Model Analysis of the Effect of Initial Inoculum Density on Potato Late Blight Epidemics and Potato Yield: Implications for Modeling Atmospheric Transport of Spores

Research output: Chapter in Book/Report/Conference proceedingAbstract

Abstract

A spatiotemporal/integro-difference equation model of the potato late blight pathosystem was developed and utilized to investigate acceptable margins of error in predictions of the dispersal of Phytophthora infestans spores. This was achieved through a study of the yield response of potato cultivars to initial inoculum densities that varied six orders of magnitude, where initial inoculum densities were considered to be predictions of spore fluxes arriving at a target crop. The impact of initial inoculum density on yield was investigated for 4 hypothetical cultivars under 4 fungicide regimes, making a total of 16 scenarios. Ten years of historical weather data were used to provide a realistic range of conditions for crop growth and potato late blight development. The results of the simulation experiments facilitated a classification of the 16 scenarios into 3 groups: high, intermediate and low level of protection against potato late blight. The magnitude of the yield response to changes in initial inoculum density within each group clearly portrayed that accuracy in the predictions of a spore dispersal model is critical only in some situations. In the group where the level of protection was relatively high, the yield response to changes in initial inoculum densities was minimal. In contrast, where the level of protection was relatively low, crops were so vulnerable that major yield losses resulted from very low inoculum densities, implying that an unrealistic level of accuracy would be required of a dispersal model. Where the level of protection was intermediate, yield decreases caused by a change in inoculum density of one order of magnitude varied between 1.6 and 2.8 ton (DM) ha(^¿1). This suggests that the future role of dispersal modeling in potato late blight control lies in the use of state-of-the-art dispersal models from meteorological sciences, focused on situations where the level of protection can be considered as intermediate; here, there is potential to reduce the fungicide input of potato late blight control through a more accurate quantification of infection pressure. The calculation of dynamic, as opposed to fixed, risk-zones around target crops is proposed as one potential use of such models.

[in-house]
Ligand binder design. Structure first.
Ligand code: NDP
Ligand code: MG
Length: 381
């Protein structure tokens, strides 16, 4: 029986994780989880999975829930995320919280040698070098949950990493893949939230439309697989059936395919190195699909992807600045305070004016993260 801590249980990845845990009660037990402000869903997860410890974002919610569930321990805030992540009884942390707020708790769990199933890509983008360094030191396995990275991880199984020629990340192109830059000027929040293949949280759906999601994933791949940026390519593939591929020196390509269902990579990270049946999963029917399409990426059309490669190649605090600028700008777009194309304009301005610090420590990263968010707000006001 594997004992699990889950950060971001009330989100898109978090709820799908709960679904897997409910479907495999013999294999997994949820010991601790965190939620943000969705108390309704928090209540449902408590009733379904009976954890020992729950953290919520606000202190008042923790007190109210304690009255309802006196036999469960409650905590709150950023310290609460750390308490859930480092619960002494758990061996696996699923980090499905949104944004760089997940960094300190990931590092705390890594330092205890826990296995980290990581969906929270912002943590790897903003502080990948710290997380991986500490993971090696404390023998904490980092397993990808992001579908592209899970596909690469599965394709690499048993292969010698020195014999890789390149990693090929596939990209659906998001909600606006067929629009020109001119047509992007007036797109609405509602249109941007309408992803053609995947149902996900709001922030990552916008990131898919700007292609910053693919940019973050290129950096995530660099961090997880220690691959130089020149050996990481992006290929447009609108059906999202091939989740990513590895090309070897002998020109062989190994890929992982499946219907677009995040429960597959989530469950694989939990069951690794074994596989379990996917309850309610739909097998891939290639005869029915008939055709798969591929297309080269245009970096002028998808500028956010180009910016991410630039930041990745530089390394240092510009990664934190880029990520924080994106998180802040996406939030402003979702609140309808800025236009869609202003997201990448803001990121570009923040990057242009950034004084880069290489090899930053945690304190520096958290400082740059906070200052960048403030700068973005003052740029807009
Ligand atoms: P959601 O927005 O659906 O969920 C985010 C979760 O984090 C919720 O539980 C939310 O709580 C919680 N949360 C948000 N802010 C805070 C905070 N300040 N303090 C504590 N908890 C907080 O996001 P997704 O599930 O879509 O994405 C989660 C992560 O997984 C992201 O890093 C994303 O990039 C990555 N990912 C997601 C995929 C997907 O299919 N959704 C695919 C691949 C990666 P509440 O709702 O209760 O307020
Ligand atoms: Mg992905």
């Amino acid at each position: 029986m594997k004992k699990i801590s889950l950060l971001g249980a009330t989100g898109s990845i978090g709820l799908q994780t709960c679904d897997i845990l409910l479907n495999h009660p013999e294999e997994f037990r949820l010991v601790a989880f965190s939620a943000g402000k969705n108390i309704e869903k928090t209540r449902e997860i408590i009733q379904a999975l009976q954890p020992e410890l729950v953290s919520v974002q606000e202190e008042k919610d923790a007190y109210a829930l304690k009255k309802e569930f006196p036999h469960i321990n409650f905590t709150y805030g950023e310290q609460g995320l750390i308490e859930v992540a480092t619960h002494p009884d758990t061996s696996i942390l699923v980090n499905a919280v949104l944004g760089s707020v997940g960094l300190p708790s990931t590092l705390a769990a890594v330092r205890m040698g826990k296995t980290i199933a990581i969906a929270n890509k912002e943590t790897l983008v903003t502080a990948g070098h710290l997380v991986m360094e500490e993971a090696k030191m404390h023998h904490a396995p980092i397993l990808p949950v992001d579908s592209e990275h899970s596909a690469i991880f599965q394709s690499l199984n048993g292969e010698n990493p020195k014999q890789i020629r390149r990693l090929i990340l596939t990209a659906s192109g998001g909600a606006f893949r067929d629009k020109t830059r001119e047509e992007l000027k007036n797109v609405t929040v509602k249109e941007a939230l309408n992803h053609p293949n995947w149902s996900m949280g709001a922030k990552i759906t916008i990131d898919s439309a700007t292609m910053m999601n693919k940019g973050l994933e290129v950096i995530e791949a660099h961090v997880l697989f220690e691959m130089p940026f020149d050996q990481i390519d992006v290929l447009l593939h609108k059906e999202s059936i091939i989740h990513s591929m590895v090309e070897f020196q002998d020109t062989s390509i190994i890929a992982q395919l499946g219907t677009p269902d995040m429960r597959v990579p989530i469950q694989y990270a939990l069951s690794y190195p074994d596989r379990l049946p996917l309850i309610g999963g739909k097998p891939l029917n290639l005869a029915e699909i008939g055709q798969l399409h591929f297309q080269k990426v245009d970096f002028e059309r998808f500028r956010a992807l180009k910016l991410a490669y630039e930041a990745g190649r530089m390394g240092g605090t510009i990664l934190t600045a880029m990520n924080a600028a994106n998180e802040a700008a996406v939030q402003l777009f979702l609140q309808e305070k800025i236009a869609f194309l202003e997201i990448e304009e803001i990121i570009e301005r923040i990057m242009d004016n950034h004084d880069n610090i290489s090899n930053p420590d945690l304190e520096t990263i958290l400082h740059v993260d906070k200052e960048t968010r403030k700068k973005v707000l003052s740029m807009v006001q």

Original languageEnglish
Title of host publicationProceedings of the 2005 APS annual meeting, Austin, Texas, July 30 - August 3,2005
Place of PublicationAustin, Texas - USA
PublisherThe American Phytopathological Society
PagesS98-S98
Volume95
Publication statusPublished - 2005
Event2005 APS Annual Meting - Austin, TX, United States
Duration: 30 Jul 20053 Aug 2005

Publication series

NamePhytopathology
PublisherThe American Phytopathological Society
Number6s
Volume95
ISSN (Print)0031-949X
ISSN (Electronic)1943-7684

Conference

Conference2005 APS Annual Meting
CountryUnited States
CityAustin, TX
Period30/07/053/08/05

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